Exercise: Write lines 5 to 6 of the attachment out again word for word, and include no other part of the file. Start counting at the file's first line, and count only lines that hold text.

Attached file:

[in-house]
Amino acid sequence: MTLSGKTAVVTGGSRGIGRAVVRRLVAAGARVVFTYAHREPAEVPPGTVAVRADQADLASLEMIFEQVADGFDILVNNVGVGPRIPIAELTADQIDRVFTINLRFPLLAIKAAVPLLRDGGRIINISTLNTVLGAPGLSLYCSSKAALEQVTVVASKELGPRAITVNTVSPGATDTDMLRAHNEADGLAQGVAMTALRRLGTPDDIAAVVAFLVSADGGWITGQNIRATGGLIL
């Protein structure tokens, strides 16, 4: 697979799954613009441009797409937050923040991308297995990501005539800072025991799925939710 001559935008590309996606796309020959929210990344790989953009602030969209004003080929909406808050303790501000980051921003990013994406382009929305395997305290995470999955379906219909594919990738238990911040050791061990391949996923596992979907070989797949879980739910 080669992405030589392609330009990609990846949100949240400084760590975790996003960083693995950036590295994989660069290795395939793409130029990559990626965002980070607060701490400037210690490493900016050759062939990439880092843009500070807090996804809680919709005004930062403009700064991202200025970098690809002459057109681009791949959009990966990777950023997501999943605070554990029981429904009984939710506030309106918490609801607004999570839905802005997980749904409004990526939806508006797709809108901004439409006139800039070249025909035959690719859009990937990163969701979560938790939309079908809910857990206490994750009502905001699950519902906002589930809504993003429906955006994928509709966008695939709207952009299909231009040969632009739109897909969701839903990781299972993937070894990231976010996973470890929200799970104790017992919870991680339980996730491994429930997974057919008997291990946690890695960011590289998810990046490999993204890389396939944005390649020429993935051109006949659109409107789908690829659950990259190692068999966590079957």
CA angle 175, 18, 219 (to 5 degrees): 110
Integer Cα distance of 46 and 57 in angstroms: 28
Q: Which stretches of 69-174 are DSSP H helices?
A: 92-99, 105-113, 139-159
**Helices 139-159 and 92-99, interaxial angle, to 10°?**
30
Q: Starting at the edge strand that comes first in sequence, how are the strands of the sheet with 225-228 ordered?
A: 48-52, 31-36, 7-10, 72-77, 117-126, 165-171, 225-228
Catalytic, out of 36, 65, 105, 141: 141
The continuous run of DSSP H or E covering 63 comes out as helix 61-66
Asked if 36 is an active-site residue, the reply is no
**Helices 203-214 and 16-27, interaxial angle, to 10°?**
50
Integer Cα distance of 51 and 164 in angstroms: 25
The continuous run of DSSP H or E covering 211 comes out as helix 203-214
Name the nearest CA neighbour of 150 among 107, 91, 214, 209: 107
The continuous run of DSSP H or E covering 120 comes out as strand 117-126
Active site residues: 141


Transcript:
Integer Cα distance of 46 and 57 in angstroms: 28
Q: Which stretches of 69-174 are DSSP H helices?